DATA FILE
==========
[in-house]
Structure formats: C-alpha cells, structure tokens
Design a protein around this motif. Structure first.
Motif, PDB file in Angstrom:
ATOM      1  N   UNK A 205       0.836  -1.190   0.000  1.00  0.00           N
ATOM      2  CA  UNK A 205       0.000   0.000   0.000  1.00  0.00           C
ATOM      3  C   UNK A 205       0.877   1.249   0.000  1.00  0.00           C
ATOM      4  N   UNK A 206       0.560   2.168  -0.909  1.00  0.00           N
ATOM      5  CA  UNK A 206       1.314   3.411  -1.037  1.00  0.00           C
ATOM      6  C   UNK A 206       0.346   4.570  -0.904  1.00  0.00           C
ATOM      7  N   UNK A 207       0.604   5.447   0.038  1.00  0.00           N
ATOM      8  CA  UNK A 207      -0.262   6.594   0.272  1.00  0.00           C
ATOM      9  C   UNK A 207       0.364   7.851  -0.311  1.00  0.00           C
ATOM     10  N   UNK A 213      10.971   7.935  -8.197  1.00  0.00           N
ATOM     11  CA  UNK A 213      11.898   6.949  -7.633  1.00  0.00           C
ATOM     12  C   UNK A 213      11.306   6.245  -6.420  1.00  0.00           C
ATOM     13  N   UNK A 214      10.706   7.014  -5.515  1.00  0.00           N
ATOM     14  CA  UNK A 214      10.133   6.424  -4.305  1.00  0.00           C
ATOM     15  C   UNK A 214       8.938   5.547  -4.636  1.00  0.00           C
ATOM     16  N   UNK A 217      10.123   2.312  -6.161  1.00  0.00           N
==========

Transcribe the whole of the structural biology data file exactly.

[in-house]
Structure formats: C-alpha cells, structure tokens
Design a protein around this motif. Structure first.
Motif, PDB file in Angstrom:
ATOM      1  N   UNK A 205       0.836  -1.190   0.000  1.00  0.00           N
ATOM      2  CA  UNK A 205       0.000   0.000   0.000  1.00  0.00           C
ATOM      3  C   UNK A 205       0.877   1.249   0.000  1.00  0.00           C
ATOM      4  N   UNK A 206       0.560   2.168  -0.909  1.00  0.00           N
ATOM      5  CA  UNK A 206       1.314   3.411  -1.037  1.00  0.00           C
ATOM      6  C   UNK A 206       0.346   4.570  -0.904  1.00  0.00           C
ATOM      7  N   UNK A 207       0.604   5.447   0.038  1.00  0.00           N
ATOM      8  CA  UNK A 207      -0.262   6.594   0.272  1.00  0.00           C
ATOM      9  C   UNK A 207       0.364   7.851  -0.311  1.00  0.00           C
ATOM     10  N   UNK A 213      10.971   7.935  -8.197  1.00  0.00           N
ATOM     11  CA  UNK A 213      11.898   6.949  -7.633  1.00  0.00           C
ATOM     12  C   UNK A 213      11.306   6.245  -6.420  1.00  0.00           C
ATOM     13  N   UNK A 214      10.706   7.014  -5.515  1.00  0.00           N
ATOM     14  CA  UNK A 214      10.133   6.424  -4.305  1.00  0.00           C
ATOM     15  C   UNK A 214       8.938   5.547  -4.636  1.00  0.00           C
ATOM     16  N   UNK A 217      10.123   2.312  -6.161  1.00  0.00           N